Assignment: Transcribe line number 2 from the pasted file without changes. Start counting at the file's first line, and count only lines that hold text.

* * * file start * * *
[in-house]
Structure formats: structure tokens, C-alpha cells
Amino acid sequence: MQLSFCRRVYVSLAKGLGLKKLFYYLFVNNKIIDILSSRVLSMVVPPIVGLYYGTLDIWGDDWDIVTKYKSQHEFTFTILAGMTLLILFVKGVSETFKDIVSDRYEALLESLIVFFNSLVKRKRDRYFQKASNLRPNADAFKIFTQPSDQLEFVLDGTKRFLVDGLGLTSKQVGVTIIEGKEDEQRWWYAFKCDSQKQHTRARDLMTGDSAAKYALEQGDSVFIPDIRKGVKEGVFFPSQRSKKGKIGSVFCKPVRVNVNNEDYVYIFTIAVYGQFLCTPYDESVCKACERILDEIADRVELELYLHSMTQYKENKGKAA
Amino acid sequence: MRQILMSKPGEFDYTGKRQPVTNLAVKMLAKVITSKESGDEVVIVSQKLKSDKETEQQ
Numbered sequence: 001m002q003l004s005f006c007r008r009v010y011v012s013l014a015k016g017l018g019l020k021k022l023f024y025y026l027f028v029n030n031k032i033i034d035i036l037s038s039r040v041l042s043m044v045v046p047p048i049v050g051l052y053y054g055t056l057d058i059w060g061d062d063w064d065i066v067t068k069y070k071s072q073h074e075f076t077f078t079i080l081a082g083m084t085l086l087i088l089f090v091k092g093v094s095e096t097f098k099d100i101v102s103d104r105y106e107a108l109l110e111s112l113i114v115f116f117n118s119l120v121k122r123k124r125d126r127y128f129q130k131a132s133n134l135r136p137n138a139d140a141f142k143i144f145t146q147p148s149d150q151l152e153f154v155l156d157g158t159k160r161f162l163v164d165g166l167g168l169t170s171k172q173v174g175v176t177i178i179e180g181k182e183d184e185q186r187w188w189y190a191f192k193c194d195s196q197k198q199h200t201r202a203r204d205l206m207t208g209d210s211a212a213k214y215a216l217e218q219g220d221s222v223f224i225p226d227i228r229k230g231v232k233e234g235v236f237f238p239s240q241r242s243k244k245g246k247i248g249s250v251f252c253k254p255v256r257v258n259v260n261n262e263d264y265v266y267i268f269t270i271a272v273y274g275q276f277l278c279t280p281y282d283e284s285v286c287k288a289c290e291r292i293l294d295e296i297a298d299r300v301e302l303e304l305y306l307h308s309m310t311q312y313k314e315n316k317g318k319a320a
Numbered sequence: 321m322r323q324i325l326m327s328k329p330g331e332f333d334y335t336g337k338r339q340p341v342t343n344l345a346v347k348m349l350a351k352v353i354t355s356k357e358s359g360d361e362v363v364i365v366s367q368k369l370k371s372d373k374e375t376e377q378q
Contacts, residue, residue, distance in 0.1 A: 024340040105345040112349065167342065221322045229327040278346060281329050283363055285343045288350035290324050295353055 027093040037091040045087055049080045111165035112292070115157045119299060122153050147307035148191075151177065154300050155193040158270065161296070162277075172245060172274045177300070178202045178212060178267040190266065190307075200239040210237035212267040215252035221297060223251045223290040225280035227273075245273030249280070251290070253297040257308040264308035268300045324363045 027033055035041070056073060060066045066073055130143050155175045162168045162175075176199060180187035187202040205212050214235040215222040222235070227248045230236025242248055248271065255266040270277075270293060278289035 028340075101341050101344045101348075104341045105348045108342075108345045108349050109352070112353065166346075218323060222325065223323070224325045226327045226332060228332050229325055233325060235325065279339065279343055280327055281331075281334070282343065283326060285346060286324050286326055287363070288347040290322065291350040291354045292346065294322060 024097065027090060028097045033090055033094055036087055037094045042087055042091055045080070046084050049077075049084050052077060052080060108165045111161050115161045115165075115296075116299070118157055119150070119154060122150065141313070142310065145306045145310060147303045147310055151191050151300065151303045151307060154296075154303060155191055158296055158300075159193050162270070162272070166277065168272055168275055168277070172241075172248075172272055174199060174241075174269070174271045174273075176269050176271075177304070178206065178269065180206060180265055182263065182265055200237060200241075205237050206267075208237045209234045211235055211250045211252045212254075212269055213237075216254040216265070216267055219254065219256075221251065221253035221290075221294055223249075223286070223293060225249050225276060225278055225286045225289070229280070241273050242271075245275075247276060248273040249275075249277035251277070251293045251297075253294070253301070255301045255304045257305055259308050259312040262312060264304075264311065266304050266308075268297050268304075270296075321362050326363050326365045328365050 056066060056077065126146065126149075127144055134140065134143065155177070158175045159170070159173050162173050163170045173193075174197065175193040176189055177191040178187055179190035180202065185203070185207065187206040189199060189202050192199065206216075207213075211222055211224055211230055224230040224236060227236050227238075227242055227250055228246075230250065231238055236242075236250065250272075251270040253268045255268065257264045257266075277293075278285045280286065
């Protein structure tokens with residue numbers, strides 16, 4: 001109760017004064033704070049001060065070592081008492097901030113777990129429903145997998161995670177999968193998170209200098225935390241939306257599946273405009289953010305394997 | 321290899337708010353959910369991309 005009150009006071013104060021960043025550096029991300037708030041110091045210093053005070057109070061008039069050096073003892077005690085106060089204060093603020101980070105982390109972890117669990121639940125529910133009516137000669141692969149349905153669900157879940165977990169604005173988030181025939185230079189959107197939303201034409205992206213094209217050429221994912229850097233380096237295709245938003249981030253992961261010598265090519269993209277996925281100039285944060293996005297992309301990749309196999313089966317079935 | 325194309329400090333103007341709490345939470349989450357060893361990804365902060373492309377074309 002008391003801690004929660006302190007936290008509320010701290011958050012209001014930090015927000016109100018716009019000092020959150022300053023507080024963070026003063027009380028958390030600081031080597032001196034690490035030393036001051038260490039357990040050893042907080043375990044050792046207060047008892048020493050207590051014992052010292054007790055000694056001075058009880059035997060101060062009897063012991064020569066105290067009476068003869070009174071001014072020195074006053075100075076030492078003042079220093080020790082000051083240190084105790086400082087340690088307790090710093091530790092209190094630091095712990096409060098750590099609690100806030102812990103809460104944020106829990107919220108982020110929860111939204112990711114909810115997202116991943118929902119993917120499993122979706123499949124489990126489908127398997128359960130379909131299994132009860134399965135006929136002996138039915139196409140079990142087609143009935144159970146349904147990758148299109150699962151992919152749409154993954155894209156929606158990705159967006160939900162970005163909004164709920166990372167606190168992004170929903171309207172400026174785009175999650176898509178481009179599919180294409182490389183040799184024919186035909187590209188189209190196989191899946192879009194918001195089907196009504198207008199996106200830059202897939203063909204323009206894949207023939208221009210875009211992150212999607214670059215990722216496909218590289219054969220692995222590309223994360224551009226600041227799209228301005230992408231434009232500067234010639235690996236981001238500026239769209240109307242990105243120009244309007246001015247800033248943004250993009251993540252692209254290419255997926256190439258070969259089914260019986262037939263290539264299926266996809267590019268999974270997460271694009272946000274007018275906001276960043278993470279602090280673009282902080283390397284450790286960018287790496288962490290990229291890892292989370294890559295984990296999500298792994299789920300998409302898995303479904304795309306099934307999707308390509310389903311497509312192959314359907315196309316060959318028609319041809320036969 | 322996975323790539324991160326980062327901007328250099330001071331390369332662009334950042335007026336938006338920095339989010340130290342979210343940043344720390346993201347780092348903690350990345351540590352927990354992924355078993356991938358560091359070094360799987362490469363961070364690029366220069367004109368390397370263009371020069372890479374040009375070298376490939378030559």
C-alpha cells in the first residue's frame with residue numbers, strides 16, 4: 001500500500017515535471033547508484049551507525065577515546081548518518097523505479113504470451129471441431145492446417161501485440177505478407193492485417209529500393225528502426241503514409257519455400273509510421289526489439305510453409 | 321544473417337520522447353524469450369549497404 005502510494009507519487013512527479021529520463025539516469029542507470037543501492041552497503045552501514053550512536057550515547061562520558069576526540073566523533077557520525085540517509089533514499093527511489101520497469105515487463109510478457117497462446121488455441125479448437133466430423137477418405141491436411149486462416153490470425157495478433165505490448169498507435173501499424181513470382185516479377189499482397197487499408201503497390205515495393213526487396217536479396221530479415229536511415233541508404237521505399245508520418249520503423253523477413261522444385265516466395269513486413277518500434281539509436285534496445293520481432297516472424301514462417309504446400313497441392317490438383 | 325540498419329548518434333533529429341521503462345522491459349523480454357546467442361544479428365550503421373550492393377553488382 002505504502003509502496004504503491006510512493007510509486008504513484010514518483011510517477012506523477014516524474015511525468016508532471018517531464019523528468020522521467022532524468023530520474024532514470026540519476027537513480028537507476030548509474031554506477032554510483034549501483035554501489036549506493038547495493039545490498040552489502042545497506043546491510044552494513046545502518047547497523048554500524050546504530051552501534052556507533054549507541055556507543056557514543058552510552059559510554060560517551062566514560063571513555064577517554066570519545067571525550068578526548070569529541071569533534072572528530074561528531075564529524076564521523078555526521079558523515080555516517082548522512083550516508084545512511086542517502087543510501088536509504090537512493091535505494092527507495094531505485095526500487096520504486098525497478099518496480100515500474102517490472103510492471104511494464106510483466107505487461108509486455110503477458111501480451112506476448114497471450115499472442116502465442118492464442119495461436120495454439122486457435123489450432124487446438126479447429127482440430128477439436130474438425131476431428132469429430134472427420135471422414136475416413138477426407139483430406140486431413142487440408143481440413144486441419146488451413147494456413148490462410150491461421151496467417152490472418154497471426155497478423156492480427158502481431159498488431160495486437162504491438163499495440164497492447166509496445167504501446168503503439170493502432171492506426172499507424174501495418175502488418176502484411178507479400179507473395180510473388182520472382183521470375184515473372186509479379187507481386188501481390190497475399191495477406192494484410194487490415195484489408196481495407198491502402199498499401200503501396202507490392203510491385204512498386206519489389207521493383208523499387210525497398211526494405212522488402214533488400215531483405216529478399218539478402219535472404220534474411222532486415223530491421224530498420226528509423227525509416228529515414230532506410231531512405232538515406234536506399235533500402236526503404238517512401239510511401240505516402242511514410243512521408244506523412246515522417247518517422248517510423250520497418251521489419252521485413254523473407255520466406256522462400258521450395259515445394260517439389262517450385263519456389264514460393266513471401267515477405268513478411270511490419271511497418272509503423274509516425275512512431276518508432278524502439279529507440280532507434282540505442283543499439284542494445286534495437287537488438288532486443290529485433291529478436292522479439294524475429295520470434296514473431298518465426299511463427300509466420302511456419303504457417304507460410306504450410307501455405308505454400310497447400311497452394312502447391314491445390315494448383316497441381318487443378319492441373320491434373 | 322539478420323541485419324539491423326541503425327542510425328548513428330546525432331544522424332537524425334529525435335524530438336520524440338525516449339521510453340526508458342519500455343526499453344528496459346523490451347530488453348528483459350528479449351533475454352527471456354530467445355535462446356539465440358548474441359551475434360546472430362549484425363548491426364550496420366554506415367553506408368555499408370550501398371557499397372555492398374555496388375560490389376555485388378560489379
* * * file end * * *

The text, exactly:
Structure formats: structure tokens, C-alpha cells